Recording yourself drawing can be a great way to share your creative processes with others. If you've ever wondered how people get the camera facing down on the paper, there are several ways to do this. A tripod with a swivel head can point down on your work area. If you don't have a tripod, you can try mounting the camera yourself using wood, metal brackets or even a cardboard box. Lighting is also an important consideration. Placing lights to the sides will help ensure you don't cast a shadow on your own artwork.
Mounting the Camera
Purchase a tripod with a multi-angle head that gives you the ability to point the camera down at your table while drawing. There are also monopods with multi-angle heads that are less expensive, but will require some ingenuity in mounting them securely. You can also get tripods for your iPhone that can be mounted above your drawing.
Place the tripod on the top of your desk or table. Alternatively, if the table is narrow, pull the table towards the center of the room and place the tripod behind the table. Putting the camera in front of you will make the video appear upside down, but you can flip this over using your video editing software.
Create your own mounting system if you have experience building things. For example, Merril Kazanjian, who posts his drawing videos on YouTube, mounts his camera from a ceiling beam using L-brackets and has also used homemade wooden brackets for filming his drawings. Helen Thean, films her craft videos by placing her camera in a cardboard box with a hole cut in it for the lens, which she mounts above her work area using rolls of paper towels as columns.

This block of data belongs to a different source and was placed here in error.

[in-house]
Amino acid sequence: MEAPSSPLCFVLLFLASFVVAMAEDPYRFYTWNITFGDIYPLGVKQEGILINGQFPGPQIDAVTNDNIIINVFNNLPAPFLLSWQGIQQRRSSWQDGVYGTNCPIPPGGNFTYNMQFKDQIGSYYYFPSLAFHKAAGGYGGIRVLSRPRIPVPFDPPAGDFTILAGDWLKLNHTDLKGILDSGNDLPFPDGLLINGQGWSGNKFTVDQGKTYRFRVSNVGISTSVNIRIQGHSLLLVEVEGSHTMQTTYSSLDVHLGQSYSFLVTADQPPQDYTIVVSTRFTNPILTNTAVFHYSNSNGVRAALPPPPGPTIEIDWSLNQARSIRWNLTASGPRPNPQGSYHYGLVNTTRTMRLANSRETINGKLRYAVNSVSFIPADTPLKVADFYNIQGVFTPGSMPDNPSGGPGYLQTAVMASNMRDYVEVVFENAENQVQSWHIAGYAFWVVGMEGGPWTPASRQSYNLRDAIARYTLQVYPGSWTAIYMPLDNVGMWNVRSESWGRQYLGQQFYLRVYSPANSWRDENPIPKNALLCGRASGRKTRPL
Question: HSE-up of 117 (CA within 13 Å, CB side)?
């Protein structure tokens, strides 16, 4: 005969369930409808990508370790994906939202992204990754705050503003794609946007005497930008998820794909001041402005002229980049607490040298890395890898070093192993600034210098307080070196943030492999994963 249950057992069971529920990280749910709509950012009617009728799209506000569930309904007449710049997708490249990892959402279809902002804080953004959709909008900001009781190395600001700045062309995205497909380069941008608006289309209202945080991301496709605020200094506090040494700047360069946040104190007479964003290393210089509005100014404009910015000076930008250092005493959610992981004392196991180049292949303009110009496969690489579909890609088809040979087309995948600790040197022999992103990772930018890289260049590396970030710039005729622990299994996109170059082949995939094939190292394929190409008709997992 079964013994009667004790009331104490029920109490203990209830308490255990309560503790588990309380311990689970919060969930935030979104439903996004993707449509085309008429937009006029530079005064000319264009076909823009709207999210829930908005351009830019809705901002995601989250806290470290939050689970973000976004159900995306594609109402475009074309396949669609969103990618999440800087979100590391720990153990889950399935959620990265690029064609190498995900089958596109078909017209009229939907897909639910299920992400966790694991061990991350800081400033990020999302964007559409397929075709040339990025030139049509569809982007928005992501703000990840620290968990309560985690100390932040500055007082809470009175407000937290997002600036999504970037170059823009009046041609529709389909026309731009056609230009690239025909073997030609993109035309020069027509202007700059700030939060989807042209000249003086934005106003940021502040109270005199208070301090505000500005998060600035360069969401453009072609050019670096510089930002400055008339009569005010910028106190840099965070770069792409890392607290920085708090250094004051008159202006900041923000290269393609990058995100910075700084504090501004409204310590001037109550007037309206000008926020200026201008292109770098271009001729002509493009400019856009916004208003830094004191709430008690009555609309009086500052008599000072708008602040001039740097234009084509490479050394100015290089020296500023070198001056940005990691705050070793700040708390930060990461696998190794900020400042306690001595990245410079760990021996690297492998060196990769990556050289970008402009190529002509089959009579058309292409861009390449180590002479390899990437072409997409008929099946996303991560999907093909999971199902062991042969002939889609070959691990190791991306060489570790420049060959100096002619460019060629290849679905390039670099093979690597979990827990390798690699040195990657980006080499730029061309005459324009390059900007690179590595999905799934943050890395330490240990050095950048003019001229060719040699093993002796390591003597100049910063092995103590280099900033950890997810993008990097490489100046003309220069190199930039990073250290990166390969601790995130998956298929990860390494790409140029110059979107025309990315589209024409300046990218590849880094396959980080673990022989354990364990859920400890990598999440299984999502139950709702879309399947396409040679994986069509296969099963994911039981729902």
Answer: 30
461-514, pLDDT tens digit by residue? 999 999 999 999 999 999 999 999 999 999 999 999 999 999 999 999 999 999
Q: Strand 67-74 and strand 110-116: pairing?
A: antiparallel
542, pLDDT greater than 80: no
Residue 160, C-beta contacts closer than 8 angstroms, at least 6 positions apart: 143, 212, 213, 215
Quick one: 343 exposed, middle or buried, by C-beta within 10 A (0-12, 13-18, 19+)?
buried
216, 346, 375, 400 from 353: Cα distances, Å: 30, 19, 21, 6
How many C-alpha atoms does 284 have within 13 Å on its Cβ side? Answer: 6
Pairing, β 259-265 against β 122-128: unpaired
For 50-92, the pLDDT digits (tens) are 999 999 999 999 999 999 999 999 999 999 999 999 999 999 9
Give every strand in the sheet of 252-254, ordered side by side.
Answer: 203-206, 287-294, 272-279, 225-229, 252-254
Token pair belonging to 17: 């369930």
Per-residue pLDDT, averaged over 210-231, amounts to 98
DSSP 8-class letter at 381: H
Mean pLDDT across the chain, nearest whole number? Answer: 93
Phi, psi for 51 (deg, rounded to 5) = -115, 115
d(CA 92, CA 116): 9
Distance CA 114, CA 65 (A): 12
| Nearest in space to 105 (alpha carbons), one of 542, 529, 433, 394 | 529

Getting Ready to Shoot
Place a blank piece of paper on your table or desk. Secure the video camera so it is focused on the paper. Connect the camera to your computer and look at the monitor. Adjust its position and zoom in or out as needed to ensure as much of your work area is visible as possible without cropping out the edges.
Draw the curtains and use interior lights for the video if your drawing is going to take a long time. Movement of the sun over the course of several hours could interfere with the lighting.
Set the video camera's white balance while focused on the blank paper if needed. Place a finished drawing on the blank piece of paper and then compare how this looks on the computer monitor.
Adjust the lighting as needed to ensure there is no glare on the work area. If you are drawing with pencil, graphite on the paper may reflect light into camera.
Sit down in front of the paper as if you were going to draw. Look at the monitor to make sure you are not casting shadows on the paper. If you tend to lean into your picture while drawing, make a mental note of how close you can get to the paper before you start blocking the camera's view of your work.
Make sure your camera is mounted securely if you are making your own mounting kit. Your camera can be severely damaged if it falls.